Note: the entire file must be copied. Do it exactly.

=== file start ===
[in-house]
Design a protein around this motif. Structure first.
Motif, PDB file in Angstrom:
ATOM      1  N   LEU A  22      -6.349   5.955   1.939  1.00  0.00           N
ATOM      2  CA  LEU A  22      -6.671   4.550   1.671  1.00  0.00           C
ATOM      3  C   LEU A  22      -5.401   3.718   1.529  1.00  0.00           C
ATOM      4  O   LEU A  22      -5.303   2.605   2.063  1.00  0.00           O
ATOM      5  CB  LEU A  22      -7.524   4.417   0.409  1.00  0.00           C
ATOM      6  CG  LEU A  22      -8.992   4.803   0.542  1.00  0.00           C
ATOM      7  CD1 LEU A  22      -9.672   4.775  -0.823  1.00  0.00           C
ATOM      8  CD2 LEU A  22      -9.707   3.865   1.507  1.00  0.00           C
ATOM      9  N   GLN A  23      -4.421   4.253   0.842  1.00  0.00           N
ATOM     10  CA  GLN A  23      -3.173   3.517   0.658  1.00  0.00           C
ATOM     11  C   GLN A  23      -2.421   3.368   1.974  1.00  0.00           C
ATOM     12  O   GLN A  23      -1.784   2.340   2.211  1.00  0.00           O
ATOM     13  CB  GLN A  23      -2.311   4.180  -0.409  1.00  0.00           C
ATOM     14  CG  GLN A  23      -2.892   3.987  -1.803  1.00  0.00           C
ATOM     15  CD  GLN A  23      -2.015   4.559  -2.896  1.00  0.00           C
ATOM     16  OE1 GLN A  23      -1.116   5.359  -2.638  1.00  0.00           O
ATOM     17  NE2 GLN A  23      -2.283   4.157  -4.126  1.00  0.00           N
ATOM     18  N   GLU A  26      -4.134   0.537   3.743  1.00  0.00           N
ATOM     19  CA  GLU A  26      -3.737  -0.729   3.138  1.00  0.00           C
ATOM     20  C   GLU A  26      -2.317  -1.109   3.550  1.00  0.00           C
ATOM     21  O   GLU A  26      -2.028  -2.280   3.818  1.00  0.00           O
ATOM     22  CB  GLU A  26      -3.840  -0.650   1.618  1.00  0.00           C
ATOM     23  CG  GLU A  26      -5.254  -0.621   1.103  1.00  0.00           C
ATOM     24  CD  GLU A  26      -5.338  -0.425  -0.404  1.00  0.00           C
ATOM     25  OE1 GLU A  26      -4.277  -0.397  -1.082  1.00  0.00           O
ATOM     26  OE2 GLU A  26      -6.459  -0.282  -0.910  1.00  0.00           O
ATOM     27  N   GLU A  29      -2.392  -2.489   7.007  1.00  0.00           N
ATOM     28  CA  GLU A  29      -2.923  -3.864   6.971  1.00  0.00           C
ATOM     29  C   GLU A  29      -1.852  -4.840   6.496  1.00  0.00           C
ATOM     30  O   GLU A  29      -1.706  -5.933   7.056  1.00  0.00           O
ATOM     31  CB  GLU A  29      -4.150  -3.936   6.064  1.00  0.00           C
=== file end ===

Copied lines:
[in-house]
Design a protein around this motif. Structure first.
Motif, PDB file in Angstrom:
ATOM      1  N   LEU A  22      -6.349   5.955   1.939  1.00  0.00           N
ATOM      2  CA  LEU A  22      -6.671   4.550   1.671  1.00  0.00           C
ATOM      3  C   LEU A  22      -5.401   3.718   1.529  1.00  0.00           C
ATOM      4  O   LEU A  22      -5.303   2.605   2.063  1.00  0.00           O
ATOM      5  CB  LEU A  22      -7.524   4.417   0.409  1.00  0.00           C
ATOM      6  CG  LEU A  22      -8.992   4.803   0.542  1.00  0.00           C
ATOM      7  CD1 LEU A  22      -9.672   4.775  -0.823  1.00  0.00           C
ATOM      8  CD2 LEU A  22      -9.707   3.865   1.507  1.00  0.00           C
ATOM      9  N   GLN A  23      -4.421   4.253   0.842  1.00  0.00           N
ATOM     10  CA  GLN A  23      -3.173   3.517   0.658  1.00  0.00           C
ATOM     11  C   GLN A  23      -2.421   3.368   1.974  1.00  0.00           C
ATOM     12  O   GLN A  23      -1.784   2.340   2.211  1.00  0.00           O
ATOM     13  CB  GLN A  23      -2.311   4.180  -0.409  1.00  0.00           C
ATOM     14  CG  GLN A  23      -2.892   3.987  -1.803  1.00  0.00           C
ATOM     15  CD  GLN A  23      -2.015   4.559  -2.896  1.00  0.00           C
ATOM     16  OE1 GLN A  23      -1.116   5.359  -2.638  1.00  0.00           O
ATOM     17  NE2 GLN A  23      -2.283   4.157  -4.126  1.00  0.00           N
ATOM     18  N   GLU A  26      -4.134   0.537   3.743  1.00  0.00           N
ATOM     19  CA  GLU A  26      -3.737  -0.729   3.138  1.00  0.00           C
ATOM     20  C   GLU A  26      -2.317  -1.109   3.550  1.00  0.00           C
ATOM     21  O   GLU A  26      -2.028  -2.280   3.818  1.00  0.00           O
ATOM     22  CB  GLU A  26      -3.840  -0.650   1.618  1.00  0.00           C
ATOM     23  CG  GLU A  26      -5.254  -0.621   1.103  1.00  0.00           C
ATOM     24  CD  GLU A  26      -5.338  -0.425  -0.404  1.00  0.00           C
ATOM     25  OE1 GLU A  26      -4.277  -0.397  -1.082  1.00  0.00           O
ATOM     26  OE2 GLU A  26      -6.459  -0.282  -0.910  1.00  0.00           O
ATOM     27  N   GLU A  29      -2.392  -2.489   7.007  1.00  0.00           N
ATOM     28  CA  GLU A  29      -2.923  -3.864   6.971  1.00  0.00           C
ATOM     29  C   GLU A  29      -1.852  -4.840   6.496  1.00  0.00           C
ATOM     30  O   GLU A  29      -1.706  -5.933   7.056  1.00  0.00           O
ATOM     31  CB  GLU A  29      -4.150  -3.936   6.064  1.00  0.00           C